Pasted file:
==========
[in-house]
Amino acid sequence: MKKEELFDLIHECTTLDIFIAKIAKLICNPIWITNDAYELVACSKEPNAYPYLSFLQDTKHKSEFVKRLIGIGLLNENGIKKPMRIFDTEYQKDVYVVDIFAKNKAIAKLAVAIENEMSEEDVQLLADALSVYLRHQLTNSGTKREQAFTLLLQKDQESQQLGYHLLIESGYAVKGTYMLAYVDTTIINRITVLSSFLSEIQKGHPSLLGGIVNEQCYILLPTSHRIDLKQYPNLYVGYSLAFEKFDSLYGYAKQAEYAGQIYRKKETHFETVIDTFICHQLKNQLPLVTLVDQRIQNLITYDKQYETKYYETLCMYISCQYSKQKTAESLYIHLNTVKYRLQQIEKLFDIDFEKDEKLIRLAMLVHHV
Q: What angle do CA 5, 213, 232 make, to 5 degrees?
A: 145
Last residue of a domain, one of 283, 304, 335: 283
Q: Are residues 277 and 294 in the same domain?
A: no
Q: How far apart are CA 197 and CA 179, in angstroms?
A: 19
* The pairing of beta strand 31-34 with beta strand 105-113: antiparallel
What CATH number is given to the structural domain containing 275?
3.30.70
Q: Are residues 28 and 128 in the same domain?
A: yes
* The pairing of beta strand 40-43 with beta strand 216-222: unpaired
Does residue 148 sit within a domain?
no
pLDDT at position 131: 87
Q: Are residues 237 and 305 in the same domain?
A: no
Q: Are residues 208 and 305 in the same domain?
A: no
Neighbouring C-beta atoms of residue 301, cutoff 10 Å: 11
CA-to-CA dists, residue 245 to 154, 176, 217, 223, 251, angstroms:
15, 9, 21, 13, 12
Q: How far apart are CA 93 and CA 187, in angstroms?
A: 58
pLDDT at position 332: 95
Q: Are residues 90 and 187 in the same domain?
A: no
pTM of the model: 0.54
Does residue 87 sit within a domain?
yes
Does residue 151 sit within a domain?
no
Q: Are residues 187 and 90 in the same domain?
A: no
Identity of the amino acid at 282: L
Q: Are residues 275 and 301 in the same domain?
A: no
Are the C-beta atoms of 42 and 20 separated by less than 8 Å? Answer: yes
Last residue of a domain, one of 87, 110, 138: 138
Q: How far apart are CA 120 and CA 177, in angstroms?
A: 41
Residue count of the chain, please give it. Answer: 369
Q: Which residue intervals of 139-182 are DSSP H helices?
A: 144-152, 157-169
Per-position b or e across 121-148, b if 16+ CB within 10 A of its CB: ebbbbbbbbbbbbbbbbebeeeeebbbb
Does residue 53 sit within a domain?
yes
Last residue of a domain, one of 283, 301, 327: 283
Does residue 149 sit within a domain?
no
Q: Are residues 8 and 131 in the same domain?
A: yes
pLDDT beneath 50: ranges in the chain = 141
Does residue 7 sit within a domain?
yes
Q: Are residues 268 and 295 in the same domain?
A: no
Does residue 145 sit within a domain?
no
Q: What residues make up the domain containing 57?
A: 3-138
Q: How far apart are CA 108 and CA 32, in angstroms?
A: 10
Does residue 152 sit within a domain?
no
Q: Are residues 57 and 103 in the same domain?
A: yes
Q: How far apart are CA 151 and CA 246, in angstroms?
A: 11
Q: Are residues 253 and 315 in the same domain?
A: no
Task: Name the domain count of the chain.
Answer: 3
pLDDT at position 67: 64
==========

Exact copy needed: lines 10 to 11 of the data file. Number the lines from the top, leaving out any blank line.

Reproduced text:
* The pairing of beta strand 31-34 with beta strand 105-113: antiparallel
What CATH number is given to the structural domain containing 275?